During the bone fixation plate surgery, different color screws can fix as per the sequence and size. In this condition surgeon directly ask for the specific color screw rather than its size.
This type III titanium anodizing is also using in jewelry applications.
Difference between Type II and Type III Titanium Anodizing
|Type II||Type III|
|Primary Benefits||Prevent friction||Gives good visual identification|
|Biocompatible for medical devices implants||Yes||Yes|
Advantages of anodizing:
- Due to the formation of an oxide layer, metal becomes corrosion, wear resistance so, it becomes more durable.
- Anodized metal components are maintain in good color because there is no chance of peeling or chipping rather than painted products.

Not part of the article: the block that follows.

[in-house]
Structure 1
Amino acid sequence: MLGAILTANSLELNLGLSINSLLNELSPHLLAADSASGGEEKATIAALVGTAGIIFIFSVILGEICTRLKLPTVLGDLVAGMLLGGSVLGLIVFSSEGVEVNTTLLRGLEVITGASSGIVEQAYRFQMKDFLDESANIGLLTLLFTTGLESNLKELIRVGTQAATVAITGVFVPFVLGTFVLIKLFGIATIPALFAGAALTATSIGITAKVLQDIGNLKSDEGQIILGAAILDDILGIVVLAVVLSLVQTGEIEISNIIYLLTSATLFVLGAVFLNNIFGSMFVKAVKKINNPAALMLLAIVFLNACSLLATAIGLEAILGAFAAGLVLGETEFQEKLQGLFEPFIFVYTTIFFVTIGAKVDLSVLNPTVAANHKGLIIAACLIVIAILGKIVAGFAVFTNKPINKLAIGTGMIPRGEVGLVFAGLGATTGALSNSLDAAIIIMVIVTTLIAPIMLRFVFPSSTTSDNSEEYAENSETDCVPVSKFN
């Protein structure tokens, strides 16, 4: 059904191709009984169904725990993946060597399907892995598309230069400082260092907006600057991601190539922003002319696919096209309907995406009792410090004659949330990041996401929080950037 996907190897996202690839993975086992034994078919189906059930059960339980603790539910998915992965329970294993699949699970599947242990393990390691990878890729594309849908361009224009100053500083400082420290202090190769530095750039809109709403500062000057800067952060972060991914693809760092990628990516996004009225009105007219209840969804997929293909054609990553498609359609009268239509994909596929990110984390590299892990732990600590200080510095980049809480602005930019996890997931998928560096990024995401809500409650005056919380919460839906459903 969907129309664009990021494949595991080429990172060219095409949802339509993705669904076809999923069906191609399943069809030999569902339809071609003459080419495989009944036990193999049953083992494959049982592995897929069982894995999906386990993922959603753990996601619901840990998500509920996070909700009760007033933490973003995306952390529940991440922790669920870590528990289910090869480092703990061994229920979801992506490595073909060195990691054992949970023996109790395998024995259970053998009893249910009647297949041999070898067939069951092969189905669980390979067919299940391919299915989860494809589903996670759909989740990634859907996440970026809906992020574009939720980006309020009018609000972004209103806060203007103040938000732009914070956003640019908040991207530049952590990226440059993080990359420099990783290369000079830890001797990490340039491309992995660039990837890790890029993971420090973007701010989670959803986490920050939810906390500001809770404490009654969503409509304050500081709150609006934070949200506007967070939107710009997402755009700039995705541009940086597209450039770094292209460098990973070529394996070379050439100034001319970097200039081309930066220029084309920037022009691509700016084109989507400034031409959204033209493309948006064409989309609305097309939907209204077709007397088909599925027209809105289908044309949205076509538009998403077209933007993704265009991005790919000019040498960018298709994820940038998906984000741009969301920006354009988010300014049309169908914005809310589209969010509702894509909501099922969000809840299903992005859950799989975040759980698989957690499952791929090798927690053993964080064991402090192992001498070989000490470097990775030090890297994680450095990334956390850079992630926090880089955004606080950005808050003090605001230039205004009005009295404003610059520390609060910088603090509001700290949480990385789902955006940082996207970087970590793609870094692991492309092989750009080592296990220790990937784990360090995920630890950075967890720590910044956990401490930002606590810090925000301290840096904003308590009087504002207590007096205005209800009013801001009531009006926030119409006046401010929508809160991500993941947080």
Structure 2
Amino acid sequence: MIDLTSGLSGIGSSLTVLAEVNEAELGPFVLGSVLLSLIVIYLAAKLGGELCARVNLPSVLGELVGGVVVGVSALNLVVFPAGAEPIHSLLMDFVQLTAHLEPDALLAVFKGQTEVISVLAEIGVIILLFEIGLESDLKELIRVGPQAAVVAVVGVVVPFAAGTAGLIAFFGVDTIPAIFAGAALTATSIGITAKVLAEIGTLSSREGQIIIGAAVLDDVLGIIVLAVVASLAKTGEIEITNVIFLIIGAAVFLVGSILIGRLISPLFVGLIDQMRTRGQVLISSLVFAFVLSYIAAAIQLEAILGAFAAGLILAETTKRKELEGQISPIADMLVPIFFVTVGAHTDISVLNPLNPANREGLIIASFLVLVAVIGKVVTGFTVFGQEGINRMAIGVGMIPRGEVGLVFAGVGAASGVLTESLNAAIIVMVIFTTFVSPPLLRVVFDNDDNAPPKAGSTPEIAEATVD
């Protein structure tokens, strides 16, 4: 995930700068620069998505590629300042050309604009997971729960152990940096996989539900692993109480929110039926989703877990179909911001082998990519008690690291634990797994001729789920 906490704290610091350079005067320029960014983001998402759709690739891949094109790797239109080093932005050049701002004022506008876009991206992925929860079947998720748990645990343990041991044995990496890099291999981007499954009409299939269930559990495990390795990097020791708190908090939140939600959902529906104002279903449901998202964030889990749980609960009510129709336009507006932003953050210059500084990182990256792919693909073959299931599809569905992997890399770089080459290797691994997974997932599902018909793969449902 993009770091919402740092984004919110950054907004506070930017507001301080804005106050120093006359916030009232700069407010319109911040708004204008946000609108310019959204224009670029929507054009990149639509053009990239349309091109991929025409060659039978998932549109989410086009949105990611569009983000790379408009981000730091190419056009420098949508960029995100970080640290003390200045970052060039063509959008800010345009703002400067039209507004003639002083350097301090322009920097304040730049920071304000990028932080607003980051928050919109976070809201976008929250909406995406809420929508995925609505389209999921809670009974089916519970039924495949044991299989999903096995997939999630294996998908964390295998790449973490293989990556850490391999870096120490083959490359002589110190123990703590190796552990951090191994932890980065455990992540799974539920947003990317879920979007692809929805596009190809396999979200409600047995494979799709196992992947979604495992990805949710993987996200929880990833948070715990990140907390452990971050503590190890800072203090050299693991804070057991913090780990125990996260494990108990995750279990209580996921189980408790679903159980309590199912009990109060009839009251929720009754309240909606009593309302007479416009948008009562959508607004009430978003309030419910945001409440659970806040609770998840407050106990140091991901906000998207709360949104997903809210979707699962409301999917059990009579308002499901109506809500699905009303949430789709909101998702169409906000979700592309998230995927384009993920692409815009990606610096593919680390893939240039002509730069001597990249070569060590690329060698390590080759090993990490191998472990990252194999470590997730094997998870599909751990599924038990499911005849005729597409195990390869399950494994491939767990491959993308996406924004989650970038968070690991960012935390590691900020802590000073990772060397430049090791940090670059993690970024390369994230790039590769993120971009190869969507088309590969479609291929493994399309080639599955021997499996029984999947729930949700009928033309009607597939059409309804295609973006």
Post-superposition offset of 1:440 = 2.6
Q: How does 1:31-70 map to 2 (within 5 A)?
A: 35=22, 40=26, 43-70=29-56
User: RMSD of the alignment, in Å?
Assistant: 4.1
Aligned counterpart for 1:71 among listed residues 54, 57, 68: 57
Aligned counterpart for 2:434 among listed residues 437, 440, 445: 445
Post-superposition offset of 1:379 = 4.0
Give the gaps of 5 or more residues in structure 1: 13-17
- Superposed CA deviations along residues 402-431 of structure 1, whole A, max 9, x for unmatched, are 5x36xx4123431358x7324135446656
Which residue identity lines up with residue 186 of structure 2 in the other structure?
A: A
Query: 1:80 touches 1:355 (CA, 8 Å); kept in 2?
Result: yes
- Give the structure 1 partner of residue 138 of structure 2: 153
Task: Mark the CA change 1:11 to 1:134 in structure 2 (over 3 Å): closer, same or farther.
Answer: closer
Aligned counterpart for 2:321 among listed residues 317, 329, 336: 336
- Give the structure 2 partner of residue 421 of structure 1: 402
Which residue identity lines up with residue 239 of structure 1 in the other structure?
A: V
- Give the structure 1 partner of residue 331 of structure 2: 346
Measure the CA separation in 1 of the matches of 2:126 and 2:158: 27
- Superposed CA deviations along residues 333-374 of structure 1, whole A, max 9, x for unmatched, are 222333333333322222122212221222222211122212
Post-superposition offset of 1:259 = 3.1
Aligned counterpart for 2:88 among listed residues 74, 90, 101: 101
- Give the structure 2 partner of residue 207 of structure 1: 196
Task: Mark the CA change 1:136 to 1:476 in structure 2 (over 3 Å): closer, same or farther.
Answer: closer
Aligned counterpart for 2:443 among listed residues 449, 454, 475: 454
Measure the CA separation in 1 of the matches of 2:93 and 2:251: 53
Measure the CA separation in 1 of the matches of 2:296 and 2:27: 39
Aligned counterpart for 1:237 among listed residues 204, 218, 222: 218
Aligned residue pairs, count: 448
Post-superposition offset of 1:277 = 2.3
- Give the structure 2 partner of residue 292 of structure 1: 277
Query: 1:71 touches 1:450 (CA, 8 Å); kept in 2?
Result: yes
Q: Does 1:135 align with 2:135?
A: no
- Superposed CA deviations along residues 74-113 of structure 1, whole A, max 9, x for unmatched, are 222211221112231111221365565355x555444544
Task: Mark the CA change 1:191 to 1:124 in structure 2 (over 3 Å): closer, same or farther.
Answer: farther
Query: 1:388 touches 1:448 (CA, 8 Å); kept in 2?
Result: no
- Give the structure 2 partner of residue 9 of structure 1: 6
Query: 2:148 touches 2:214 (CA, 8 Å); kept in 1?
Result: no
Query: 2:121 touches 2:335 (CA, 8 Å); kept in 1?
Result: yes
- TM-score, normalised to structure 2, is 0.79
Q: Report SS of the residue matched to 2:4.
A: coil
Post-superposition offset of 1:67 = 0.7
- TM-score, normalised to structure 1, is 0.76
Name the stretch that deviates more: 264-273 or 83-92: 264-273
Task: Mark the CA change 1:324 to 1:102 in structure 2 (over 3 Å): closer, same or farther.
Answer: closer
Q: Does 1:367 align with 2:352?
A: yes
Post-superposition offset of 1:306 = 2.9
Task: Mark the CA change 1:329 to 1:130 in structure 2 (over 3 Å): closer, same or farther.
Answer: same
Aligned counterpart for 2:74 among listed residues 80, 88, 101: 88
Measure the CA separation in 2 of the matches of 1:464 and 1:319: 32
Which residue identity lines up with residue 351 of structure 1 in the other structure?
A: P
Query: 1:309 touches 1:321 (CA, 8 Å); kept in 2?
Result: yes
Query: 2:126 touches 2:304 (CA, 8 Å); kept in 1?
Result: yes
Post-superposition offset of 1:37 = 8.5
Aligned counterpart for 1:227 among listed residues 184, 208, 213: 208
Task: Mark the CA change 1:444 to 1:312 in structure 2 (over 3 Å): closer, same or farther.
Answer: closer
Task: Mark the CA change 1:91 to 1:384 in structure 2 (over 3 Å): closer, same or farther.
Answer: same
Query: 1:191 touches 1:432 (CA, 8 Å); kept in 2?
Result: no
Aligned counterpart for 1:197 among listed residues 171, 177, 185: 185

Health and safety
- Anodizing process is favorable to environmental safety regulation, and it’s not very harmful to human beings.
- Anodized metal components are not toxic and chemically stable.
- It is very easy to taking care of an anodized component and cost-effective because it requires only mild soap and water to keep its original shine.
- Anodizing the process is very cost-effective. It requires low maintenance and processing cost and reduces its initial cost too.
Disadvantages of anodizing:
- It is for a specific grade of aluminum.
- This process is not for Stainless steel.
- It is tough to achieve the same consistency for all types of batches.
- For a small number of components, it requires the same expensive setup.
- Due to the extensive use of chemicals for anodizing process, it constraint on limited color selection.
- Touch-upped anodized components are more noticeable as compared to air dry touch-up paint.
Application of anodizing:
- Aerospace Industry
- Medical Industry
- Automotive Industry
- Art & Sculptures
- Consumer products